bodybuilding

The Smith Machine: 5 Exercises you've never tried.

Originally posted 31/04/2014

The Smith Machine is the one piece of equipment that despite all the bad press it has had some people adhere to it even though it is clearly an inferior way to train.

I hate machines in a gym and personally see them as a complete waste of floor space. Too many gyms have a smith machine and no squat rack! Although I am very anti Smith Machine I believe it can be used for something other than something to hang your sweaty hoody on.

I will outline some exercises you may have never tried on the smith machine.

Mobility is one of the fundamentals of human movement. Shoulder mobility is talked about greatly by fitness professionals and quite commonly becomes a problem to lifters due to overuse. Hip mobility however does not have the hype attached to it that shoulder mobility does. Unlike the shoulder which is specifically designed for mobility at the expense of stability, the hip is a stable joint which is often deprived of mobility, especially in today’s sedentary society.

The shoulder, which responds well to stability oriented training is different to it’s partner ball and socket joint the hip, which requires a great deal of attention to maintain an adequate range of motion and soft tissue health. Although my knowledge on mobility isn’t great, here are some great exercises you can perform using a smith machine to get the hips loose and ready to exercise. These exercises should be performed prior to a lower body session and on off days.

1.       Anterior-Posterior Step Over’s: Really over exaggerate opening up the groin whilst maintaining a good posture throughout the movement. Keep the torso upright as you step over the bar. If you find yourself bending the leg sideways whilst stepping over the bar you have the bar to high. Lower the bar so you are working the hips, not the spine.

2.       Lateral Step Over’s: Again, keeping the torso upright, focus primarily on working the hips, exaggerate the movement, and keep the head up.

3.       Lateral Duck-Under’s: This exercise will work on improving flexibility for your squats and first pulls from the floor. Keep your head neutral looking straight ahead and maintain a neutral spine as you squat down and move under the bar. You can change the height of the bar for this exercise to specifically work towards movement patterns of different exercises. For example, a higher bar position for the squat as the body is more upright, or lower it to promote more forward lean which will focus more on the start position of the deadlift.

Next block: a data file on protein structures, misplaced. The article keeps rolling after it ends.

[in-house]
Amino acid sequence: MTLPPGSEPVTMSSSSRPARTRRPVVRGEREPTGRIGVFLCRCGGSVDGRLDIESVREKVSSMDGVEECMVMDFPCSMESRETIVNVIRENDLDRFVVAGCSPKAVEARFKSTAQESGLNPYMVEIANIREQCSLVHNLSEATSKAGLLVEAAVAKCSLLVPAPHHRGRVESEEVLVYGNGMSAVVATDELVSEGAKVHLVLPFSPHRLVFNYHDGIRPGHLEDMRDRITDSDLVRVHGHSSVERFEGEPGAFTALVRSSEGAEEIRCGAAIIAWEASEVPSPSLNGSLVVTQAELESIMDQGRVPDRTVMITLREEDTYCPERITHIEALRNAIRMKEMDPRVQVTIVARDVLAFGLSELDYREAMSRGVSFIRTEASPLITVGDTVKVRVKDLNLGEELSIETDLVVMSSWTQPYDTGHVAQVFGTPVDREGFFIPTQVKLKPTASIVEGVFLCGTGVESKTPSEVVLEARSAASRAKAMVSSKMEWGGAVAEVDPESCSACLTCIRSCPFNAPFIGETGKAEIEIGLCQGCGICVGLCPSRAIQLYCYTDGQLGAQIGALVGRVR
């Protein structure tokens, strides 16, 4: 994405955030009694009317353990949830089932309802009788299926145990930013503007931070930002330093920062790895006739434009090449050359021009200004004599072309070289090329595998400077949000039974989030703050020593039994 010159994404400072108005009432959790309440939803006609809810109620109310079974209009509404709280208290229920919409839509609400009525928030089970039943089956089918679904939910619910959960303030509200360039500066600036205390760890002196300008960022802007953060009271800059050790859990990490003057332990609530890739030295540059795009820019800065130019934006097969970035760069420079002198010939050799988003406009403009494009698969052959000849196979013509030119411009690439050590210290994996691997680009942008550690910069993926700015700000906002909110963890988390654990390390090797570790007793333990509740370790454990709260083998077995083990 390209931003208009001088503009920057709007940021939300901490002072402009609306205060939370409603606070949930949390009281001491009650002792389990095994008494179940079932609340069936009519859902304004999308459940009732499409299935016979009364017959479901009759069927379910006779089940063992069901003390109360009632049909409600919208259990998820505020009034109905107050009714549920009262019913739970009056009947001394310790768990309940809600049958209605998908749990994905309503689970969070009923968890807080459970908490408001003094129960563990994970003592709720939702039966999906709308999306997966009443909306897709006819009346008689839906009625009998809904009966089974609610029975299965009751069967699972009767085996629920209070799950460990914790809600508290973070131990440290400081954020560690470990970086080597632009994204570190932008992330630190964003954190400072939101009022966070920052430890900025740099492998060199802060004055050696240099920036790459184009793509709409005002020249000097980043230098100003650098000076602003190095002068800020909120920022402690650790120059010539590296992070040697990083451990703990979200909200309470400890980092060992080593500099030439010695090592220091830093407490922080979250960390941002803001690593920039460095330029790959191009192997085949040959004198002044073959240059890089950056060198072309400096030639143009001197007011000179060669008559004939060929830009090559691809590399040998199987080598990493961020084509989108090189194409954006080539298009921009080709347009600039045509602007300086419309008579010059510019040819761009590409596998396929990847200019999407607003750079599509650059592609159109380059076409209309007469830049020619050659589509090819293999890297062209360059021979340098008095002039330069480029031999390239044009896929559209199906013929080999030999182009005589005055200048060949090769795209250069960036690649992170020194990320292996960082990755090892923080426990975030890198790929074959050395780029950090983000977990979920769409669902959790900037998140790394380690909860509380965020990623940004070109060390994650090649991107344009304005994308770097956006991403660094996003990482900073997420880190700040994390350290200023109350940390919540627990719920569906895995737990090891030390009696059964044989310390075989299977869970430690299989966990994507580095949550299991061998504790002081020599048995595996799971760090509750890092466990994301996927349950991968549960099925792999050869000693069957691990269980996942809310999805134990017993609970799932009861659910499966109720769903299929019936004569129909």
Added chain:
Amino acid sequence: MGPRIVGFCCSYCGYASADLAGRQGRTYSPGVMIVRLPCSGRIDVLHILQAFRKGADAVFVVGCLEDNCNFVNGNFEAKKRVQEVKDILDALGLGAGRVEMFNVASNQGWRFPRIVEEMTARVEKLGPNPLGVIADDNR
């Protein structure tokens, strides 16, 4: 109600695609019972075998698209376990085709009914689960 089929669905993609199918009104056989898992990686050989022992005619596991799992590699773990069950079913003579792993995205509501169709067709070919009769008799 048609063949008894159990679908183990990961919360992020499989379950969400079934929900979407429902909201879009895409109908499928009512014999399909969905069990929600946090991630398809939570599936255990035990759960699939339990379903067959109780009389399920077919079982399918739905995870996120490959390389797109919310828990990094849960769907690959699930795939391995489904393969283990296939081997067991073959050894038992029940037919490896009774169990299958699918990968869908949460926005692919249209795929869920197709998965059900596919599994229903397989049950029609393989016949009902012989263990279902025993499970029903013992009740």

4.       Lateral Under-Over’s: This exercise is good as a change of direction drill for athletes whilst increasing mobility. The constant manipulation of foot placement performed at a fast pace will improve the athletes centre of gravity within the base of support.

5.       Band Stomps: this exercise is a great way for teaching initiation of the posterior chain and will enhance sprint speed. Attach a stretch/jump band over a bar, the higher you set the bar, the more tension you’ll have on the band but make sure it’s not at a height where you’re having to strain yourself to stomp on the band, the important thing is to feel your glutes and hamstrings fire as you rapidly extend the thigh.

 Place your foot on top of the band and stomp down. The band should graze the front of your hip at the end of the range of motion. Allow the band to assist you back to the starting position and then quickly stomp again. If teaching activation patterns then perform this exercise at a controlled pace if not then crack out as many reps as possible in a certain period of time. Regardless of how high the bar is set and your foot position height; there should be no hyper-extending at the lumbar spine. Hyper-extending at the lumbar spine is a compensatory movement due to weak glutes and tight hip flexors.

You may have noticed that all of these exercises can be done using a barbell and rack. The only difference being on the smith machine you can change the height of the bar at ease. To conclude I think the smith machine really isn’t a good tool for training as it doesn’t go through natural movement patterns and takes up a lot of floor space which can be put to better use!